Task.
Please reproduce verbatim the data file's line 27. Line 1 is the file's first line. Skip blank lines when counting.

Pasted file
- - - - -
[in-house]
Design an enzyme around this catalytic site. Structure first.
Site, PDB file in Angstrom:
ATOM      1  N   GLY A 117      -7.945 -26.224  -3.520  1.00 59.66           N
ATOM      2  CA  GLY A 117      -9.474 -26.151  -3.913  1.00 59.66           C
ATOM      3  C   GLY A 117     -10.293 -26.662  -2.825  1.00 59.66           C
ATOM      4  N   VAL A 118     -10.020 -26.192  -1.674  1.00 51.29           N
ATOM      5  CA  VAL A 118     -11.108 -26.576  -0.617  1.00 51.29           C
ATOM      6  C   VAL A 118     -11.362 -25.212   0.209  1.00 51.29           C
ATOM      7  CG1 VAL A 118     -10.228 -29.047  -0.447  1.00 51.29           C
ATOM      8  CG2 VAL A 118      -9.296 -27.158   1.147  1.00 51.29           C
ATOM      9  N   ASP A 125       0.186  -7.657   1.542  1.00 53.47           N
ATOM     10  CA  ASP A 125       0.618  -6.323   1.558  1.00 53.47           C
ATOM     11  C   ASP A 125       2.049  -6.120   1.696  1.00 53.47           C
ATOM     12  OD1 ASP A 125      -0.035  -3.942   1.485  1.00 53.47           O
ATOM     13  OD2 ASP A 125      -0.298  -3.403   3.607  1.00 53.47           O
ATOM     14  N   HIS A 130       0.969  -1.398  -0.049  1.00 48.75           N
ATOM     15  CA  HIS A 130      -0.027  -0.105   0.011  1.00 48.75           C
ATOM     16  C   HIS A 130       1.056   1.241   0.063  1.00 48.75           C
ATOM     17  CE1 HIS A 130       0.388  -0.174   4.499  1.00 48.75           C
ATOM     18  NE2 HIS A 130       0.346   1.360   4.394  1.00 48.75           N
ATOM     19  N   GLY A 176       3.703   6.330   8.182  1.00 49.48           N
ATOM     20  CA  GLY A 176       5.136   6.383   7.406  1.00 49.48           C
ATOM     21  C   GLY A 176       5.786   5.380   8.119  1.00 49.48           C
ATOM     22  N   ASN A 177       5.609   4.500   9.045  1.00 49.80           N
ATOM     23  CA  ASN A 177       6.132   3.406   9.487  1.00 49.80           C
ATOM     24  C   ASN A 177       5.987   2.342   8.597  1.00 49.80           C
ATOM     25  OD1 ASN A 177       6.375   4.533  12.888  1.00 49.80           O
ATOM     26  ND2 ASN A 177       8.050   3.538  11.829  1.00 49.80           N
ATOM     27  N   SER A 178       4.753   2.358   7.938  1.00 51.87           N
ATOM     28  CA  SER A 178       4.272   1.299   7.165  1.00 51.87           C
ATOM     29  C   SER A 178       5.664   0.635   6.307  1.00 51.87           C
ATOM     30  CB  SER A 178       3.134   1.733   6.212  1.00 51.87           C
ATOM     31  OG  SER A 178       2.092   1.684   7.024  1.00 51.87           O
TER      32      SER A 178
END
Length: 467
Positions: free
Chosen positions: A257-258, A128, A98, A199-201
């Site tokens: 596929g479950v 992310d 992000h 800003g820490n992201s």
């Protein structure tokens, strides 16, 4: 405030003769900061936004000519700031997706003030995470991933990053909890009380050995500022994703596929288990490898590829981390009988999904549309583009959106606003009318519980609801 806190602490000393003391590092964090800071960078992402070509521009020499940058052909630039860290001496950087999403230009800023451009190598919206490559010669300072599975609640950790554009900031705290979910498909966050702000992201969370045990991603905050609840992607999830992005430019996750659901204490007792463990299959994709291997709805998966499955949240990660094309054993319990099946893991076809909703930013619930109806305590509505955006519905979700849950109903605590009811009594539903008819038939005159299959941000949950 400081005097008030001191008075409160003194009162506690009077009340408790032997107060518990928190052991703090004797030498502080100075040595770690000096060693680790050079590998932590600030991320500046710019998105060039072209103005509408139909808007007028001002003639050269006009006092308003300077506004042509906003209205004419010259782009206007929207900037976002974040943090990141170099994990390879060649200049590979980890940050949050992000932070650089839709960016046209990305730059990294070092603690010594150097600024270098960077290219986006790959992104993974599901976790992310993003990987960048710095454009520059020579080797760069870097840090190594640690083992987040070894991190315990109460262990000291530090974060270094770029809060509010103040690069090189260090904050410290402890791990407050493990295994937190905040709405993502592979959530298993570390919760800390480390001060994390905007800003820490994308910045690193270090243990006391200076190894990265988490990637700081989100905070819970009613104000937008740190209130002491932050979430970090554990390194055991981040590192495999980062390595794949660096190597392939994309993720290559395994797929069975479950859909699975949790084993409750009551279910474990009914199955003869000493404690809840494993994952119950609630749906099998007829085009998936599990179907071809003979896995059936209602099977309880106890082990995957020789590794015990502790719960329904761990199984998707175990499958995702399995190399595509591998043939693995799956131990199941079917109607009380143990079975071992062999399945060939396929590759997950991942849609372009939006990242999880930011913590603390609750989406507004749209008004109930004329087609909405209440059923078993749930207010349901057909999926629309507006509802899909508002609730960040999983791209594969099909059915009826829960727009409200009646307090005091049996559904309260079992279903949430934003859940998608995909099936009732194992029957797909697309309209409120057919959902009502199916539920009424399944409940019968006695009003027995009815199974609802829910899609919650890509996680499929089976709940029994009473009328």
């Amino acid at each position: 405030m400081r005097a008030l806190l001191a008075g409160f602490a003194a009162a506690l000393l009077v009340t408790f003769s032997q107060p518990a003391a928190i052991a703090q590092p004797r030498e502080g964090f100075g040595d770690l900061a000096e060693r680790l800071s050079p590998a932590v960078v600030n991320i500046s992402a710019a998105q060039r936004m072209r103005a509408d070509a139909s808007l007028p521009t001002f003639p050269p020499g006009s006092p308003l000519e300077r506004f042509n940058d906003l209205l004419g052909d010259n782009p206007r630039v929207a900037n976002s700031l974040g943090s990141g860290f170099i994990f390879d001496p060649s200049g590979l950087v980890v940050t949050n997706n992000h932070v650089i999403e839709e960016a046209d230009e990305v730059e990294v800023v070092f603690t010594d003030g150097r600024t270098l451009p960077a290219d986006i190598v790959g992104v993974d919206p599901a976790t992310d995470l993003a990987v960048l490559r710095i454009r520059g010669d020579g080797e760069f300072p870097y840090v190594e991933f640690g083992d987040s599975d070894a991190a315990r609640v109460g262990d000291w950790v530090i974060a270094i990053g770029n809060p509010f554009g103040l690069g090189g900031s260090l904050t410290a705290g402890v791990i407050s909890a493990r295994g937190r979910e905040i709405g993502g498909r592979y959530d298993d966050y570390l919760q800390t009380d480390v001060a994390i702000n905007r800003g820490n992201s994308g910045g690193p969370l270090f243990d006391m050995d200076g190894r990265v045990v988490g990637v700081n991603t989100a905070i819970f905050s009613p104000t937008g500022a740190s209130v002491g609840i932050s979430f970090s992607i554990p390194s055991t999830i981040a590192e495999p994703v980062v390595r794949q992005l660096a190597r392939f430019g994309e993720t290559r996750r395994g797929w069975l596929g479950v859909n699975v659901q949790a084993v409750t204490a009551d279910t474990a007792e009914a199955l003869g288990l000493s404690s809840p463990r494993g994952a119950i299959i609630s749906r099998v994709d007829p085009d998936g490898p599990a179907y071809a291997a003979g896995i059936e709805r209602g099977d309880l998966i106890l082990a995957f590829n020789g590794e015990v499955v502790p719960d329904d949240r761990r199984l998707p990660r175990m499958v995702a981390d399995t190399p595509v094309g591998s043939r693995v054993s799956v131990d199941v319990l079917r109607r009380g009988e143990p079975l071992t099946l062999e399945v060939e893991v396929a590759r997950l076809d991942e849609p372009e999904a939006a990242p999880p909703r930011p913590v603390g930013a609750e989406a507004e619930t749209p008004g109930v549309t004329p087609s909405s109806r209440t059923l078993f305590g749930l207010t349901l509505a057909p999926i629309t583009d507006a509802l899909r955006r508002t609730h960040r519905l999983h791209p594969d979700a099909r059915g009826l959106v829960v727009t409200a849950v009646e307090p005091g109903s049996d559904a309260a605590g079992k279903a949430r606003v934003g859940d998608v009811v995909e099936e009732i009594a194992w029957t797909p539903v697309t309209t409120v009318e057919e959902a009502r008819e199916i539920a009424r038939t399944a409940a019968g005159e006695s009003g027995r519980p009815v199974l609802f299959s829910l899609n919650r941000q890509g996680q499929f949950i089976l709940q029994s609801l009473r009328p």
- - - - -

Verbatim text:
ATOM     24  C   ASN A 177       5.987   2.342   8.597  1.00 49.80           C